Objective. To investigate basic assumptions of prediction models for future vertebral fractures. Methods. Lateral radiographs of the spine were obtained from 314 Portuguese individuals aged 60 years or older (205 women and 109 men) with bone mineral density (BMD) measurements at several sites. Associations between BMD at various sites, participant characteristics, and vertebral fractures were investigated. For men and women separately, logistic regression analyses and analyses of areas under the receiver-operating characteristic (ROC) curves were performed to determine the accuracy of BMD measurment at predicting the presence of vertebral deformities. Results. BMD measurements at all sites significantly predicted the presence of osteoporotic vertebral deformities in women but not in men. Similarly, in analyses of areas under ROC curves, BMD assessments were statistically significantly related to vertebral deformities in women but not in men. In multivariate analyses, BMD measurements of the lumbar spine and of the forearm, adjusted for gender, age, and body mass index, significantly predicted the presence of vertebral deformity, but BMD of the hip sites did not. Conclusion. Prediction of fractures is specific for gender and site of BMD measurement. This challenges the use of similar algorithms for men and women as well as the use of hip BMD data to accurately estimate future vertebral fracture risk. The Journal of Rheumatology Copyright © 2010. All rights reserved.


News Article | February 27, 2017
Site: www.sciencemag.org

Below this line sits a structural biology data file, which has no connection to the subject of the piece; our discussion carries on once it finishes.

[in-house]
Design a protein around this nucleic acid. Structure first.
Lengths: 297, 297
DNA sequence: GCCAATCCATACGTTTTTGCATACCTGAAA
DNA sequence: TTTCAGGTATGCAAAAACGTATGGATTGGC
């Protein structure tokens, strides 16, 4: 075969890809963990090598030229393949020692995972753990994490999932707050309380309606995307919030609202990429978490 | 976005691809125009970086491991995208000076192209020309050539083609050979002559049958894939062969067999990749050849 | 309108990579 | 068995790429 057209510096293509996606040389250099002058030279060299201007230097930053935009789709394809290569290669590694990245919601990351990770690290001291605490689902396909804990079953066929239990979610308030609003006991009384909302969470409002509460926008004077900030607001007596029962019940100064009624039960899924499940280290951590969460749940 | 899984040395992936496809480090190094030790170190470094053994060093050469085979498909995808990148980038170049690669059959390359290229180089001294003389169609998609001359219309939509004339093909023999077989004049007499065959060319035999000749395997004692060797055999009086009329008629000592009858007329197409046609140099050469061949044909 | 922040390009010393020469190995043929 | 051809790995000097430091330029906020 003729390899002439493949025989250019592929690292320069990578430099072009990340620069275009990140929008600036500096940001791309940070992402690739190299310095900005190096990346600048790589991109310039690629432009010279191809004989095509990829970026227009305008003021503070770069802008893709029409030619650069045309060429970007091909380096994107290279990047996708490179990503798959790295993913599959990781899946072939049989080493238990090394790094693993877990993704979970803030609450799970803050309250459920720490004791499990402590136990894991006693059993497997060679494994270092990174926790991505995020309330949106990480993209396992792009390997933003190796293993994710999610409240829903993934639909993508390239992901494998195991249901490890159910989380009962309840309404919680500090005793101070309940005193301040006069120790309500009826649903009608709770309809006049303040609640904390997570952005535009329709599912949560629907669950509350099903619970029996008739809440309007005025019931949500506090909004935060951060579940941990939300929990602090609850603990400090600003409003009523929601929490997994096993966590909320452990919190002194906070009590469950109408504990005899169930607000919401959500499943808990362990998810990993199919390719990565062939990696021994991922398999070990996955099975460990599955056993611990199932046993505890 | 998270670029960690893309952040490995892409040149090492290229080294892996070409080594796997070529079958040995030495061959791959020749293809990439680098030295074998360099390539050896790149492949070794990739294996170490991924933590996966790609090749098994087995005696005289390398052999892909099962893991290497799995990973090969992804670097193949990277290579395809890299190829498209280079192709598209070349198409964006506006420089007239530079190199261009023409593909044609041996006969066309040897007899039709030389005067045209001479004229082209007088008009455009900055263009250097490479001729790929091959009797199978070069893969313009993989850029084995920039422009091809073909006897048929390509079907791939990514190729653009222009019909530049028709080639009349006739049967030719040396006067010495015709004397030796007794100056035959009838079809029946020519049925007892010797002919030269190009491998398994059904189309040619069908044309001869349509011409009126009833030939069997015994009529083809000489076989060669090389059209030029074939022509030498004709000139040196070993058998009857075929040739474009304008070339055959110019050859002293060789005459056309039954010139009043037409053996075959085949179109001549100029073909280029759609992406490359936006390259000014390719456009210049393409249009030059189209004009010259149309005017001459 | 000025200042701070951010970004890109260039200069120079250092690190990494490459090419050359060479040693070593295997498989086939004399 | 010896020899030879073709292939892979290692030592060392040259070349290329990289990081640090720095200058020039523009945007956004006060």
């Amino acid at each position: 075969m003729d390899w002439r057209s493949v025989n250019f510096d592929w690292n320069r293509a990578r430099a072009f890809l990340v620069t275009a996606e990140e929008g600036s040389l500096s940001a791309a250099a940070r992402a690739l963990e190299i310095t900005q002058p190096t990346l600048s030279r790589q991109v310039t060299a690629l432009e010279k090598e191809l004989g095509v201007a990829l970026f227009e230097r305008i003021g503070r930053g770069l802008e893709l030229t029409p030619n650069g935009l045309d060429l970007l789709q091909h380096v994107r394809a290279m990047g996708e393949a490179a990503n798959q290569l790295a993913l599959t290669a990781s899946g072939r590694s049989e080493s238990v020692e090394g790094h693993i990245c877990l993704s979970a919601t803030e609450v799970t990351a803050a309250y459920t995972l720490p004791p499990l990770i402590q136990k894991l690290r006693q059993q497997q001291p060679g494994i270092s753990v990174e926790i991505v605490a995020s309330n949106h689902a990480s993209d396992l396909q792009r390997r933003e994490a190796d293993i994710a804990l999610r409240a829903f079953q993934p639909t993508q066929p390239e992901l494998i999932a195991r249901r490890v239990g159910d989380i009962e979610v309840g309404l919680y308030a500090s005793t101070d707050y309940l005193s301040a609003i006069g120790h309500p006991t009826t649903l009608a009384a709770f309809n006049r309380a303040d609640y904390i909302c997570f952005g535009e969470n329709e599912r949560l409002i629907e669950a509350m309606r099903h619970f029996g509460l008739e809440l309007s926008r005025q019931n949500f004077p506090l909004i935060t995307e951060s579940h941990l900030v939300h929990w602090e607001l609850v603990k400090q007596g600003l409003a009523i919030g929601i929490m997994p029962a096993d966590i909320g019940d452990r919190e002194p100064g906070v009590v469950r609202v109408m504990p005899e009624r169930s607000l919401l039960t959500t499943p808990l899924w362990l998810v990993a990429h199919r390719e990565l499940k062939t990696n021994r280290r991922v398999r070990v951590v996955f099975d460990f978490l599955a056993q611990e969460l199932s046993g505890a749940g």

You may never have heard of Acinetobacter baumannii, Pseudomonas aeruginosa, or the Enterobacteriaceae—but these three killers top a new list, drawn up by the World Health Organization (WHO) in Geneva, Switzerland, of bacteria for which new drugs are desperately needed. Unveiled today, the list contains 12 bacteria and bacterial families, with the top three making up the category “critical.” The list “is not meant to scare people about new superbugs, but to signal to researchers and pharmaceutical companies what their priorities should be,” Marie-Paule Kieny, WHO’s assistant director-general for health systems and innovation, told a press conference today. The crucial drugs are unlikely to be big moneymakers for companies that develop them, she notes, so governments and health agencies need to cooperate to boost the chances that they will be developed in time. Doctors, researchers, and health officials have been sounding the alarm for years about the rise of antibiotic resistance. The list, developed by researchers at the University of Tübingen in Germany, took into account the level of resistance each class of pathogen has already acquired, how deadly it can be, how widespread, and the burden it causes to health systems. The top three are all gram-negative bacteria that are resistant to multiple drugs. They aren’t widespread yet, but they do cause severe, frequently deadly infections in hospitals, especially in people who are already immune compromised—including transplant recipients, chemotherapy patients, and elderly people. Just last month, for instance, a woman in Nevada died of an infection with a so-called CRE, or carbapenem-resistant Enterobacteriaceae. These bacteria can cause deadly infections if they take up residence in the respiratory system or bloodstream. The most dangerous strains have recently acquired resistance to a class of antibiotics called carbapenems, the only group that still killed them effectively. Nine more pathogens round out the agency’s dirty dozen: Six are listed as high priority, including drug-resistant strains of Neisseria gonorrhoeae, which causes gonorrhea, and food-borne agents like Salmonella and Campylobacter. Bacteria in this category cause infections that are less deadly than those caused by the three critical-level bugs, but they are much more widespread. Three “medium” priority organisms all are susceptible to some drugs, but are increasingly becoming resistant. The list “sets priorities in the right direction,” says Petra Gastmeier, head of the Institute for Hygiene and Environmental Medicine at Charité University of Medicine Berlin, who wasn’t involved in the development of the list. In the current market, antibiotics aren’t an attractive investment, Kieny says. When used properly, the drugs are taken only for a short time, so they don’t bring in the high returns that drugs for chronic diseases do. “And rather than trying to maximize sales, we need to restrict usage,” Kieny says, to delay the inevitable emergence of resistance. Part of the solution will be finding new ways to reward companies for developing antibiotics, Kieny says. One idea is to agree to pay companies a big up-front fee, or “prize” as soon as a new drug comes on the market, with guidelines in place so that it would be used sparingly. But governments or other donors would have to agree to pay for the prize money. One drug-resistant bacterial pathogen is notably absent from the list: Mycobacterium tuberculosis. The problem of drug-resistant tuberculosis (TB) is "already a globally established priority," the report says; the goal was to increase attention to threats not yet widely recognized. But the TB Alliance, a nonprofit research and advocacy group based in New York City, calls on WHO to reconsider. "The absence of TB from this list is shocking,” the alliance's President and CEO Mel Spigelman said in a statement yesterday. "Every global effort to address the burgeoning AMR [antimicrobial resistance] emergency must include TB." In a response , WHO Director-General Margaret Chan emphasized that "[a]ddressing drug-resistant TB research is a top priority for WHO and for the world." WHO released its list ahead of a meeting of G20 health experts this week in Berlin, where the topic of antibiotic resistance is high on the agenda. The focus is appropriate, Gastmeier says. “This is not a problem that we can solve at a national level, and it is one in which low- and middle-income countries are linked to high-income ones.” A prime example: The woman who died in Nevada had spent time in India, where she most likely acquired the resistant strain. *Update, 1 March, 10:35 a.m.: This item has been updated to include a statement from the TB Alliance and additional comments from WHO.